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Do Customers Really Want A Frictionless Buying Experience?

Dave Brock | Nov 6, 2017 101 views 5 Comments

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It seems to be fashionable to talk about creating “frictionless buying experiences?”  I suppose the concept draws readers, perhaps it’s an extreme expression of removing barriers to the customer buying process.

But does the concept make sense?  Is it what customers want?  And if we looked at the concept of “friction in the buying process, what is the greatest source of friction?

Long time readers will recognize when I ponder questions like this, sometimes I revert back to my background in physics.

If I look at an object in motion in a frictionless environment, they become impossible to stop.  it is impossible to change direction.  For an object not in motion, in a frictionless environment, we could never get them moving.



As we start to look at the consequences of this in the real world, virtually everything we do to make things work require friction.  Cars, planes, trains transporting us require friction to get us from one place to another.  Our swipes right or left on Tinder would not work, but for friction.  It’s difficult to conceive of getting things done in the physical world without friction.

Friction is simply the result of object interacting with each other.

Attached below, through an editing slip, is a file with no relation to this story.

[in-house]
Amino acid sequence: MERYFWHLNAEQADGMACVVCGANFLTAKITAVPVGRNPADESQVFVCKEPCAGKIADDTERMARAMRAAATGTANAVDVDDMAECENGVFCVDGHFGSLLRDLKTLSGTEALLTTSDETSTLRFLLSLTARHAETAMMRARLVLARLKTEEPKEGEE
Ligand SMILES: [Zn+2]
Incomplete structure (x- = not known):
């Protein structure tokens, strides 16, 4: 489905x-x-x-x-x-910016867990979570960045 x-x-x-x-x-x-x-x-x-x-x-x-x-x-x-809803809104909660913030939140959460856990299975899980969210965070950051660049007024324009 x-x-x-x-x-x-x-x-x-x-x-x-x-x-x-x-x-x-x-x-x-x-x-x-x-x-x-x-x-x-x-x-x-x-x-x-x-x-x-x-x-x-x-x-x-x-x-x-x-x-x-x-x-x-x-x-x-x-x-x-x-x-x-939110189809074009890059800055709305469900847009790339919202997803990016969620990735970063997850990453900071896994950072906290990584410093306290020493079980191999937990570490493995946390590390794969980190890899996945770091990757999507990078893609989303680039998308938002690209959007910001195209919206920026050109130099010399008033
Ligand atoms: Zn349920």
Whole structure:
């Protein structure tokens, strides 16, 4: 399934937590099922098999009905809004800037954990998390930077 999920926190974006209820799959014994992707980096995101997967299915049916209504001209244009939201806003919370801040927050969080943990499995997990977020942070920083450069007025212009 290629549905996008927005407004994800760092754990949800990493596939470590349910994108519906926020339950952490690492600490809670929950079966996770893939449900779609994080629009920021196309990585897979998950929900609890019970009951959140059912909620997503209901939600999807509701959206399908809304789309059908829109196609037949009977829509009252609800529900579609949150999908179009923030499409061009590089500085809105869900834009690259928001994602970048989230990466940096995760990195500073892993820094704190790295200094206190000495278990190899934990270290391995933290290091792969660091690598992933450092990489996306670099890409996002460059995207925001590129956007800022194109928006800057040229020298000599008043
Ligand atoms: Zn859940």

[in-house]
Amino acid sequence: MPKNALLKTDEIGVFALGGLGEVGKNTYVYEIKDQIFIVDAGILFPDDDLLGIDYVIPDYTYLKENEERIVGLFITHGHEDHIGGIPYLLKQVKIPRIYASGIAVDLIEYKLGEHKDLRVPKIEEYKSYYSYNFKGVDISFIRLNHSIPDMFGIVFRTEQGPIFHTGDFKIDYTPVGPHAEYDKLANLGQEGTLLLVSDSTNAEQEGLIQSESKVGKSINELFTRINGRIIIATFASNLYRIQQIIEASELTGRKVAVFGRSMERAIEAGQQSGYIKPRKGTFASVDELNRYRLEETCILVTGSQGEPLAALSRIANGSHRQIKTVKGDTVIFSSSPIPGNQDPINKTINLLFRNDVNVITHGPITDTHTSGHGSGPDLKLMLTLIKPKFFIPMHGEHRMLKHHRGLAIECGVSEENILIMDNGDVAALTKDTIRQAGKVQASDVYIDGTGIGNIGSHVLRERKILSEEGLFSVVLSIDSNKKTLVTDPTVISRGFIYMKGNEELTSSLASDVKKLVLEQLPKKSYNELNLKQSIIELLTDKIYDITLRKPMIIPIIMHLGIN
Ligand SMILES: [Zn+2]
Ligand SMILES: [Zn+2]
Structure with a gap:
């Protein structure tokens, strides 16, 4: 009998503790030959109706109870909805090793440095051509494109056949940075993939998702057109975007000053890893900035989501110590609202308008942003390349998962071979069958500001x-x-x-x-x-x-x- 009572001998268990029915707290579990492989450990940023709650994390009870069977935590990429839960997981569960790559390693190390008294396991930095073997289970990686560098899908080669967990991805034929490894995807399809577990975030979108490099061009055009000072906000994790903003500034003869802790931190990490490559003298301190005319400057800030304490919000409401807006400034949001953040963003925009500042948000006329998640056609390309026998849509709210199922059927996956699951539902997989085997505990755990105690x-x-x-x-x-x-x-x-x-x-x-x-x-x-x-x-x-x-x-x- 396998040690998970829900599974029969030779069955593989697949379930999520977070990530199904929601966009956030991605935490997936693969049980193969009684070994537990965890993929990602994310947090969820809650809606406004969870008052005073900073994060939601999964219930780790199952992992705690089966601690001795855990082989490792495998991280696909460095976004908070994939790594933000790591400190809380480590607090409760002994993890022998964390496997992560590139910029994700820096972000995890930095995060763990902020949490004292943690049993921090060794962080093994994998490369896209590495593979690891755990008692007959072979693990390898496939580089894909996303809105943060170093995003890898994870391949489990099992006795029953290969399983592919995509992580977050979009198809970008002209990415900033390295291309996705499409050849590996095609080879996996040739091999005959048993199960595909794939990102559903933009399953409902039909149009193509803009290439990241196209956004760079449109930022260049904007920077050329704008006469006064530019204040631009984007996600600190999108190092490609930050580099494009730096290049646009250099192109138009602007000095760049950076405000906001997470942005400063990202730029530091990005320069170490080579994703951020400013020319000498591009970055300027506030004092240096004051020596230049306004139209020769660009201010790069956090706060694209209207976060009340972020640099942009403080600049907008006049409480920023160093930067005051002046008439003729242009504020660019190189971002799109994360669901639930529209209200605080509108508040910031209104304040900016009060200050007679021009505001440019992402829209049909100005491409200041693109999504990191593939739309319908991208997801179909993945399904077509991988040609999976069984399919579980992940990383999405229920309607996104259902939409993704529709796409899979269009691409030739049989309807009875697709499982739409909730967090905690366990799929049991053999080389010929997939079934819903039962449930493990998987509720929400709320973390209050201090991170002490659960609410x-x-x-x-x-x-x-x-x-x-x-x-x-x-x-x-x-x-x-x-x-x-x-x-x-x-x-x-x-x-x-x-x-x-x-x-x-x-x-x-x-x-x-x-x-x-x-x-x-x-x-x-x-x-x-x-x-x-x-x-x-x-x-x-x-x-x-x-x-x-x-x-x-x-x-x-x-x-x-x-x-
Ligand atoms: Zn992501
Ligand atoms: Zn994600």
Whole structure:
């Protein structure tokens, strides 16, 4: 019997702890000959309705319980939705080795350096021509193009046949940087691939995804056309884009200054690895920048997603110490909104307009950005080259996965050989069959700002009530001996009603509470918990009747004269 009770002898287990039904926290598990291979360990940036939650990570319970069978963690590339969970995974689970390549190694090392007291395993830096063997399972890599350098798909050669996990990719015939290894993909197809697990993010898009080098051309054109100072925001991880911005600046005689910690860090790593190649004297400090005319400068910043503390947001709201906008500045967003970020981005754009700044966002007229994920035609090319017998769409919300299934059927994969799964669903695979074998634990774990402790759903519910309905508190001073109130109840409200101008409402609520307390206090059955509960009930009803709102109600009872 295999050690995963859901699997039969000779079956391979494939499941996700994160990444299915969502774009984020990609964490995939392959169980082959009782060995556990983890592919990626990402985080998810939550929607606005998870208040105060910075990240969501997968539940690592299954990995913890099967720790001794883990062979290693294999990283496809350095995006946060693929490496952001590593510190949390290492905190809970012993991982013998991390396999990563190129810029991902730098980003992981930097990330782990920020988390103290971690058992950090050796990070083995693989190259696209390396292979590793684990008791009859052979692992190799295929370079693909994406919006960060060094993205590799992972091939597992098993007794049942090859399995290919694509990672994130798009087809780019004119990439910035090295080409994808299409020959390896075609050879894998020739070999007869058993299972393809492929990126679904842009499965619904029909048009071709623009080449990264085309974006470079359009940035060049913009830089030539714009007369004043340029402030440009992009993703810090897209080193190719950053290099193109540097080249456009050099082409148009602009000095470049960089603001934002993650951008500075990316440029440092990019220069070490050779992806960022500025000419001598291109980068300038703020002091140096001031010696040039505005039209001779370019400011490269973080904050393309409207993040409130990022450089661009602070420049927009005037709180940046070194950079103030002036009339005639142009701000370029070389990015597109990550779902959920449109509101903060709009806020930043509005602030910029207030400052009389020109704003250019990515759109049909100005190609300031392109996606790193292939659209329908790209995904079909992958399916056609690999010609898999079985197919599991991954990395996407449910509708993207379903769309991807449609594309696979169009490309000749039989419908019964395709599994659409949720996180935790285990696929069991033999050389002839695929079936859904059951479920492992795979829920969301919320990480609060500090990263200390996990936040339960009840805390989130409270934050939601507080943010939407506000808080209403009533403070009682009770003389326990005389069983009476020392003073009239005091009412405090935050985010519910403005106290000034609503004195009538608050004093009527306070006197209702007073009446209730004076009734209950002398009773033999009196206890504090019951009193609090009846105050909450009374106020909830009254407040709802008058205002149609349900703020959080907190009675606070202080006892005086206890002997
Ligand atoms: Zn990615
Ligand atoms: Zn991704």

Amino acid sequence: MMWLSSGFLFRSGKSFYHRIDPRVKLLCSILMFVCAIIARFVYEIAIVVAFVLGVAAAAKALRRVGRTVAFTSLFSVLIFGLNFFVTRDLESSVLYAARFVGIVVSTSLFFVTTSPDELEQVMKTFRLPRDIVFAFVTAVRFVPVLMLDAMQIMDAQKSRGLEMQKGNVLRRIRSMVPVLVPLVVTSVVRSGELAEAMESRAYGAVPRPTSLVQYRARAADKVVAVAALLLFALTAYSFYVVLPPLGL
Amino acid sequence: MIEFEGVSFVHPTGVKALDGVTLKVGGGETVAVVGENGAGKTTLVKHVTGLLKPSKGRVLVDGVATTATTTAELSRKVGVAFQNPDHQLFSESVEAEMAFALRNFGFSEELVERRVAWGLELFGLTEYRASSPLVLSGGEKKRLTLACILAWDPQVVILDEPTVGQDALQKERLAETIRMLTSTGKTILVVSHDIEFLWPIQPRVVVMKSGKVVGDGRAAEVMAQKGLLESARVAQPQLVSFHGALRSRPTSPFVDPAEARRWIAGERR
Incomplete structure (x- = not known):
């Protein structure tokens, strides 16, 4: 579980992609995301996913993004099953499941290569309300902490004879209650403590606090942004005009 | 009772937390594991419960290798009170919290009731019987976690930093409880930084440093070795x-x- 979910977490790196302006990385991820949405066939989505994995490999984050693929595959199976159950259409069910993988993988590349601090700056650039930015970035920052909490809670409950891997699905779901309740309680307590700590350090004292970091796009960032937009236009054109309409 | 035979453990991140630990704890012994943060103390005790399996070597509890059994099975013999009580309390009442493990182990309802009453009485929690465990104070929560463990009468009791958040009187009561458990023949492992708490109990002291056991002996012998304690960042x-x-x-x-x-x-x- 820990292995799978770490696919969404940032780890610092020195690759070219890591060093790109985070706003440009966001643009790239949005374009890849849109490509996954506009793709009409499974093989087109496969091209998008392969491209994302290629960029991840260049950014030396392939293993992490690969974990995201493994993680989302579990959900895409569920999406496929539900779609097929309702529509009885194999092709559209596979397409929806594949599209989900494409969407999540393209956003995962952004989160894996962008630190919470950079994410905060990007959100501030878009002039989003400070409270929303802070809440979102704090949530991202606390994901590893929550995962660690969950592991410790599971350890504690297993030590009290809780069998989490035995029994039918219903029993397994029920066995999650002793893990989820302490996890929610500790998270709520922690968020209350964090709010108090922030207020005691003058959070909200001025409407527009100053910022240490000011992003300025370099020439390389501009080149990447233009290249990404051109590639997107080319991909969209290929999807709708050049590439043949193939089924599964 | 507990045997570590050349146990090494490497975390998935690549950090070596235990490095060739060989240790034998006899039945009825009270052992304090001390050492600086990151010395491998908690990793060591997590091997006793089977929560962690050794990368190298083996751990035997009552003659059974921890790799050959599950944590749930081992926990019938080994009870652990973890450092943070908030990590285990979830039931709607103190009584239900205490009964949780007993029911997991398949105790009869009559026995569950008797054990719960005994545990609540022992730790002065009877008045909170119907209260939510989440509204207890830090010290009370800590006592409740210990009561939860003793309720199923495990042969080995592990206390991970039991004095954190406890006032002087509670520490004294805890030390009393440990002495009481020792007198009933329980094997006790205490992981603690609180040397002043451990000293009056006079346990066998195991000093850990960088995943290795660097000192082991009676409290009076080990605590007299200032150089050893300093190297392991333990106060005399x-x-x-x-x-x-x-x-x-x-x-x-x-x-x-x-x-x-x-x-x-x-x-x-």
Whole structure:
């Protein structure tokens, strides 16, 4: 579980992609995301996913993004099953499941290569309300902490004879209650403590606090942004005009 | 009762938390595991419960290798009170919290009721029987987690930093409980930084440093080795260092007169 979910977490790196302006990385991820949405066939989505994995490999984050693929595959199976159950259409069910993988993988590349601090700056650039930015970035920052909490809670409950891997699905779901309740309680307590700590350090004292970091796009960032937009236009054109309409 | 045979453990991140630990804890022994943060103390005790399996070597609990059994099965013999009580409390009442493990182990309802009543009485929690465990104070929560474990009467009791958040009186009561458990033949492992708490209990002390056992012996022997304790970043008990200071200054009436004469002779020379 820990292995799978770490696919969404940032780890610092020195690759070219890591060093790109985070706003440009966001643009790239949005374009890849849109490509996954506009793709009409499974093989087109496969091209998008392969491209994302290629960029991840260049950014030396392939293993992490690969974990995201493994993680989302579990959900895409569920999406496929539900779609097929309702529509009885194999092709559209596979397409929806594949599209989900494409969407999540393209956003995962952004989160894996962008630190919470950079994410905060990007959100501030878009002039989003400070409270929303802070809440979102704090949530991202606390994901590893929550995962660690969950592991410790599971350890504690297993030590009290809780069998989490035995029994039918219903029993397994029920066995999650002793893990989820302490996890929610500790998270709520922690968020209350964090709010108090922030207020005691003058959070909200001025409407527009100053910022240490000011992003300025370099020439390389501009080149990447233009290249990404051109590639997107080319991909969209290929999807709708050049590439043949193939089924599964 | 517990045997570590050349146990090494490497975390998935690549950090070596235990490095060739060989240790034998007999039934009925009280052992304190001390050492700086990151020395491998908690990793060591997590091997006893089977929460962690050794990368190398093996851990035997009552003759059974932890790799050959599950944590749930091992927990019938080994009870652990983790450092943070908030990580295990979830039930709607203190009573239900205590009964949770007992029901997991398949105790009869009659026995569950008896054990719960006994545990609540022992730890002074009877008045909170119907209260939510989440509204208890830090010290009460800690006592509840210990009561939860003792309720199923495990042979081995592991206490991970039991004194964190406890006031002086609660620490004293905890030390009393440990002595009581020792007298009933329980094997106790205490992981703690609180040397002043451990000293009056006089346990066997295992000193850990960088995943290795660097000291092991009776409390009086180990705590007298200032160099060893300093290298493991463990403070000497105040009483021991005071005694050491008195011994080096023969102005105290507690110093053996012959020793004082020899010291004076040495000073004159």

Too much friction requires more energy to get things done.  But the opposite is also true, in a frictionless or low friction environment, we can expend a huge amount of energy and not move.  Just think of sitting in your car on a frozen lake and flooring the accelerator.  A lot of energy will be wasted as your wheels just spin.

So in the world of physical objects friction is terribly useful.  Too much friction and we have to exert too much energy, too little friction and we can’t move or change–even though we may expend a lot of energy trying to do so.

Now let’s look at friction a little more figuratively, how do we develop new ideas, how do we innovate, how do we change without some form of friction?

I suppose there is some innovation that comes from people sitting in a dark room contemplating their navels, but even for them, to communicate their ideas, they have to write them down or type them into a keyboard which, at least technically involves friction.

But innovation, creativity, developing new ideas are seldom developed in isolation, they are actually developed through interactions we have with each other.  It’s the different ideas, different belief systems, differing values, different approaches that drive us to learn, debate, create.

In the absence of this friction, we might never move forward if we aren’t moving, or we might never change what we are doing without someone giving us new ideas and helping us recognize the need to change.

Even the figurative concept of friction is very important in any progress, growth, change we want to make individually or organizationally.

Again, in this figurative concept of friction, it is what happen when we interact with each other.

Perhaps there are those that would argue they want a frictionless environment.  In reality, their argument is they don’t want to change.  They want to stay motionless or keep doing what they are currently doing.  They aren’t our prospect or customers.

There are those that get tired of the amount of energy they have to invest or waste to buy or change.  They want to reduce the amount of friction.  They don’t want to eliminate friction, but they want to make it more manageable.